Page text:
RTT is an X chromosome-linked genetic disease caused by mutations in the MECP2 gene (10–12). Generation of mice deficient or mutated for the ortholog Mecp2 recapitulate many features of RTT (13–15). The gene product of MECP2, previously known as methyl-CpG-binding protein 2 (16) belongs to the methyl-CpG-binding protein group and acts, in complex with histone deacetylase and Sin 3, as a transcriptional repressor to silence gene expression through chromatin remodeling through the deacetylation of histones. Therefore, loss of MeCP2 function might be predicted to result in a widespread aberrant gene transcription state, leading to neuronal dysfunction and creating the phenotypic features of RTT. This hypothesis regarding the consequences of MeCP2 dysfunction engaged several groups to perform global transcriptional profiling (17–19). Although divergent results were obtained, the source of tissue and age were different between studies, making comparisons difficult. The consequences of loss of a transcription factor like MeCP2 may be complex, especially in an organ such as the brain. This pattern becomes more daunting in RTT, because it is a neurodevelopment disorder manifesting age-dependent clinical features.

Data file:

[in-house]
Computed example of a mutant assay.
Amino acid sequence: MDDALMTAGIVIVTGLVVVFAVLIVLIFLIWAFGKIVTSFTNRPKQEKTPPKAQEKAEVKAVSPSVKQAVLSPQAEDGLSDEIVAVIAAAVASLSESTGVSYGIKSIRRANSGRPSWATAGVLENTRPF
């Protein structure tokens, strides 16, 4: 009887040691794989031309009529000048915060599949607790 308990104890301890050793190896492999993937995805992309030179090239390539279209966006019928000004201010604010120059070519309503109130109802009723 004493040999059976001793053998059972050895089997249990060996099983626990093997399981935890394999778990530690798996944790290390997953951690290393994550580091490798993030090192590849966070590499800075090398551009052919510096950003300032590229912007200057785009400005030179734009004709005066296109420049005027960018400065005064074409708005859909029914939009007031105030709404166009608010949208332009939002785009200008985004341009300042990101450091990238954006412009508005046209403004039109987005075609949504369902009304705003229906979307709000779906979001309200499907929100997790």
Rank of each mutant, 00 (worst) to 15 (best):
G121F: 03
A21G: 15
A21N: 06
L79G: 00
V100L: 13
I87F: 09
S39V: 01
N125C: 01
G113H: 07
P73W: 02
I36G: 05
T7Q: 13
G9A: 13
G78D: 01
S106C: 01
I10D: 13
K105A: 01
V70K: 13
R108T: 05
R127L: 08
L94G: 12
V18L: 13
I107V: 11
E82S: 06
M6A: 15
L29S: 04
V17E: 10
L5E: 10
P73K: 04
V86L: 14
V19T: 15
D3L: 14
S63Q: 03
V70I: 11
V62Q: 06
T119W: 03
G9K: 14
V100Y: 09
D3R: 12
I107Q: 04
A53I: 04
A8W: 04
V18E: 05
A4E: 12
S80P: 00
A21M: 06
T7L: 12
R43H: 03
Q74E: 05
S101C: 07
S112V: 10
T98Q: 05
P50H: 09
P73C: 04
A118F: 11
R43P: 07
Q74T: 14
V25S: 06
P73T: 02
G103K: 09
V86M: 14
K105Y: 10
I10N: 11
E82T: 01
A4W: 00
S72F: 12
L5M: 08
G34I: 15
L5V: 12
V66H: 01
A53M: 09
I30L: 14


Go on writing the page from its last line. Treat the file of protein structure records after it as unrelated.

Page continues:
We recently used the olfactory system as a developmental model (20) in which to analyze MeCP2 expression and the consequences of its deficiency (9, 21). We narrowed the onset of neuronal expression of Mecp2 to a time winExecutew preceding terminal maturation (21), and we found in olfactory biopsies from RTT patients a defect in terminal differentiation of olfactory receptor neurons (9). We hypothesized that the biochemical consequences of MeCP2 loss could be age- and Location-related, and moreover transient in nature, given the dynamic clinical course of RTT (3). We considered that a proteomic differential display strategy would be more appropriate to Advance the consequences of MeCP2 loss because it focuses on proteins, the active gene products.